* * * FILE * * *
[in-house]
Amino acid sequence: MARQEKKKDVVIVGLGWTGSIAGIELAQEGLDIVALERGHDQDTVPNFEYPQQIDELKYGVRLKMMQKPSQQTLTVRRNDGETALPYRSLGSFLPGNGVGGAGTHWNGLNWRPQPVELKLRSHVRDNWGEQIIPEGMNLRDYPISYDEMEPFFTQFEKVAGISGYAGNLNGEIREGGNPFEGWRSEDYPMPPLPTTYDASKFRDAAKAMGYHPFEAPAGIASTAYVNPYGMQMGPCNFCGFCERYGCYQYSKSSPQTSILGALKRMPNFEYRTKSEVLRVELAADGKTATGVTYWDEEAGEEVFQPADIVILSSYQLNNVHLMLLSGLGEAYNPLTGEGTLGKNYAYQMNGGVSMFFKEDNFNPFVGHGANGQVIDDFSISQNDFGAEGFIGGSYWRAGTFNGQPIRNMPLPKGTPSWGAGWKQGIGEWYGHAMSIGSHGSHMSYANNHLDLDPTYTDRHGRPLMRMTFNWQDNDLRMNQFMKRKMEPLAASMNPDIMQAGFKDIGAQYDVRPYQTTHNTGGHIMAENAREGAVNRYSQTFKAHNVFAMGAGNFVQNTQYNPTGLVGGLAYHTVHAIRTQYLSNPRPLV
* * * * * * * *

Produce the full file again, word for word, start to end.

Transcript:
[in-house]
Amino acid sequence: MARQEKKKDVVIVGLGWTGSIAGIELAQEGLDIVALERGHDQDTVPNFEYPQQIDELKYGVRLKMMQKPSQQTLTVRRNDGETALPYRSLGSFLPGNGVGGAGTHWNGLNWRPQPVELKLRSHVRDNWGEQIIPEGMNLRDYPISYDEMEPFFTQFEKVAGISGYAGNLNGEIREGGNPFEGWRSEDYPMPPLPTTYDASKFRDAAKAMGYHPFEAPAGIASTAYVNPYGMQMGPCNFCGFCERYGCYQYSKSSPQTSILGALKRMPNFEYRTKSEVLRVELAADGKTATGVTYWDEEAGEEVFQPADIVILSSYQLNNVHLMLLSGLGEAYNPLTGEGTLGKNYAYQMNGGVSMFFKEDNFNPFVGHGANGQVIDDFSISQNDFGAEGFIGGSYWRAGTFNGQPIRNMPLPKGTPSWGAGWKQGIGEWYGHAMSIGSHGSHMSYANNHLDLDPTYTDRHGRPLMRMTFNWQDNDLRMNQFMKRKMEPLAASMNPDIMQAGFKDIGAQYDVRPYQTTHNTGGHIMAENAREGAVNRYSQTFKAHNVFAMGAGNFVQNTQYNPTGLVGGLAYHTVHAIRTQYLSNPRPLV